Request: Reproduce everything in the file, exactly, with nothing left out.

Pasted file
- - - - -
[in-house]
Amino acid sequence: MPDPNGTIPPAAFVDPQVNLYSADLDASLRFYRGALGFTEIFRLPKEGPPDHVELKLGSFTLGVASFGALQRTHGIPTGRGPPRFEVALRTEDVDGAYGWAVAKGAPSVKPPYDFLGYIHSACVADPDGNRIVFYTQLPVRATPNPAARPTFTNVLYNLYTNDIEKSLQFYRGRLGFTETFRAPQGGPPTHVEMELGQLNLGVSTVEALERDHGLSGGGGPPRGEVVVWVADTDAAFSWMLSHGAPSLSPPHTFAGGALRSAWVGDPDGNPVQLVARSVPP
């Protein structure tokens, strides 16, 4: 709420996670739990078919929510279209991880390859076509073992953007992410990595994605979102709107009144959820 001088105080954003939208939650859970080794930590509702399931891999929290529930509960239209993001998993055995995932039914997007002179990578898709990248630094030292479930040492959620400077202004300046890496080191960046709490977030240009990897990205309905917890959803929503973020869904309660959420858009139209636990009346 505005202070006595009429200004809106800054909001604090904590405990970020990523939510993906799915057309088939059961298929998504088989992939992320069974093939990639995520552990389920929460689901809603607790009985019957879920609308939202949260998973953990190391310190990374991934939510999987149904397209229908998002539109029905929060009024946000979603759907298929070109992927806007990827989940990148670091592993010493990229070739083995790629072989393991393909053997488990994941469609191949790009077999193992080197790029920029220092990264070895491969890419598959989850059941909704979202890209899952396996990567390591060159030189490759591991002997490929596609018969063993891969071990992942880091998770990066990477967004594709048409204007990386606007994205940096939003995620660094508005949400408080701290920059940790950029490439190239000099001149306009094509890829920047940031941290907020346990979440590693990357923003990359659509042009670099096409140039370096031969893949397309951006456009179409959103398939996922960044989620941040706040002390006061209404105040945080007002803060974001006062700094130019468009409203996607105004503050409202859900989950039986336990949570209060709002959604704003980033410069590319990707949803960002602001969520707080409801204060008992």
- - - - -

[in-house]
Amino acid sequence: MPDPNGTIPPAAFVDPQVNLYSADLDASLRFYRGALGFTEIFRLPKEGPPDHVELKLGSFTLGVASFGALQRTHGIPTGRGPPRFEVALRTEDVDGAYGWAVAKGAPSVKPPYDFLGYIHSACVADPDGNRIVFYTQLPVRATPNPAARPTFTNVLYNLYTNDIEKSLQFYRGRLGFTETFRAPQGGPPTHVEMELGQLNLGVSTVEALERDHGLSGGGGPPRGEVVVWVADTDAAFSWMLSHGAPSLSPPHTFAGGALRSAWVGDPDGNPVQLVARSVPP
């Protein structure tokens, strides 16, 4: 709420996670739990078919929510279209991880390859076509073992953007992410990595994605979102709107009144959820 001088105080954003939208939650859970080794930590509702399931891999929290529930509960239209993001998993055995995932039914997007002179990578898709990248630094030292479930040492959620400077202004300046890496080191960046709490977030240009990897990205309905917890959803929503973020869904309660959420858009139209636990009346 505005202070006595009429200004809106800054909001604090904590405990970020990523939510993906799915057309088939059961298929998504088989992939992320069974093939990639995520552990389920929460689901809603607790009985019957879920609308939202949260998973953990190391310190990374991934939510999987149904397209229908998002539109029905929060009024946000979603759907298929070109992927806007990827989940990148670091592993010493990229070739083995790629072989393991393909053997488990994941469609191949790009077999193992080197790029920029220092990264070895491969890419598959989850059941909704979202890209899952396996990567390591060159030189490759591991002997490929596609018969063993891969071990992942880091998770990066990477967004594709048409204007990386606007994205940096939003995620660094508005949400408080701290920059940790950029490439190239000099001149306009094509890829920047940031941290907020346990979440590693990357923003990359659509042009670099096409140039370096031969893949397309951006456009179409959103398939996922960044989620941040706040002390006061209404105040945080007002803060974001006062700094130019468009409203996607105004503050409202859900989950039986336990949570209060709002959604704003980033410069590319990707949803960002602001969520707080409801204060008992």